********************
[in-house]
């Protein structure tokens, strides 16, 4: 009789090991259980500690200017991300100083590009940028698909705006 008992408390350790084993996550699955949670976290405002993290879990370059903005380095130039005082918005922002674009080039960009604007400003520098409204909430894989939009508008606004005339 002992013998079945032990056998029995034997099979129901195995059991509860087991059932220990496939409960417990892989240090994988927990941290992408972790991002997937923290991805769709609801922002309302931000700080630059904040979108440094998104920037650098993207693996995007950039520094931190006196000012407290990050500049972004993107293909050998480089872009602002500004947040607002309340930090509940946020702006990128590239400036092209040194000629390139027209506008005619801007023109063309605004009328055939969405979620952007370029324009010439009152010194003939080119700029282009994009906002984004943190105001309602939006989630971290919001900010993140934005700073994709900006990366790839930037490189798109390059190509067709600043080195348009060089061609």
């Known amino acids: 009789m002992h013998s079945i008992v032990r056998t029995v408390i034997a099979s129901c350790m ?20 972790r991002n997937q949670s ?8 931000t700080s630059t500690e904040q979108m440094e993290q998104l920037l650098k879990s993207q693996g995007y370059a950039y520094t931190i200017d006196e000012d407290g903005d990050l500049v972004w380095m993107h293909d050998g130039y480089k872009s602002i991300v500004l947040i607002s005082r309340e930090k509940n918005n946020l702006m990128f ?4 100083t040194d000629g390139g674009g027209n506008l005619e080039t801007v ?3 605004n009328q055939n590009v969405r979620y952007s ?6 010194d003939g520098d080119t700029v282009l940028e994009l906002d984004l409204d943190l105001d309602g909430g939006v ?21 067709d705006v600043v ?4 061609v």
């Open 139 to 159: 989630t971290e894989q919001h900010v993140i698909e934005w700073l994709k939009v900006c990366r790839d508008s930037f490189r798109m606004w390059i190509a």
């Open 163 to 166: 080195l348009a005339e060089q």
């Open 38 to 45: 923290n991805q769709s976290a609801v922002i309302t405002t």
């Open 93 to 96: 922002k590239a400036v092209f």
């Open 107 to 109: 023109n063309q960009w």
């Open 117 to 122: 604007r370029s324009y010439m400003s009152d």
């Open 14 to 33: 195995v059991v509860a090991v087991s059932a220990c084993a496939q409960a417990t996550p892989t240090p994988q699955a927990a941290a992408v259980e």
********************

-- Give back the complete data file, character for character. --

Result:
[in-house]
């Protein structure tokens, strides 16, 4: 009789090991259980500690200017991300100083590009940028698909705006 008992408390350790084993996550699955949670976290405002993290879990370059903005380095130039005082918005922002674009080039960009604007400003520098409204909430894989939009508008606004005339 002992013998079945032990056998029995034997099979129901195995059991509860087991059932220990496939409960417990892989240090994988927990941290992408972790991002997937923290991805769709609801922002309302931000700080630059904040979108440094998104920037650098993207693996995007950039520094931190006196000012407290990050500049972004993107293909050998480089872009602002500004947040607002309340930090509940946020702006990128590239400036092209040194000629390139027209506008005619801007023109063309605004009328055939969405979620952007370029324009010439009152010194003939080119700029282009994009906002984004943190105001309602939006989630971290919001900010993140934005700073994709900006990366790839930037490189798109390059190509067709600043080195348009060089061609």
């Known amino acids: 009789m002992h013998s079945i008992v032990r056998t029995v408390i034997a099979s129901c350790m ?20 972790r991002n997937q949670s ?8 931000t700080s630059t500690e904040q979108m440094e993290q998104l920037l650098k879990s993207q693996g995007y370059a950039y520094t931190i200017d006196e000012d407290g903005d990050l500049v972004w380095m993107h293909d050998g130039y480089k872009s602002i991300v500004l947040i607002s005082r309340e930090k509940n918005n946020l702006m990128f ?4 100083t040194d000629g390139g674009g027209n506008l005619e080039t801007v ?3 605004n009328q055939n590009v969405r979620y952007s ?6 010194d003939g520098d080119t700029v282009l940028e994009l906002d984004l409204d943190l105001d309602g909430g939006v ?21 067709d705006v600043v ?4 061609v």
């Open 139 to 159: 989630t971290e894989q919001h900010v993140i698909e934005w700073l994709k939009v900006c990366r790839d508008s930037f490189r798109m606004w390059i190509a």
């Open 163 to 166: 080195l348009a005339e060089q």
């Open 38 to 45: 923290n991805q769709s976290a609801v922002i309302t405002t």
């Open 93 to 96: 922002k590239a400036v092209f």
């Open 107 to 109: 023109n063309q960009w």
């Open 117 to 122: 604007r370029s324009y010439m400003s009152d």
């Open 14 to 33: 195995v059991v509860a090991v087991s059932a220990c084993a496939q409960a417990t996550p892989t240090p994988q699955a927990a941290a992408v259980e």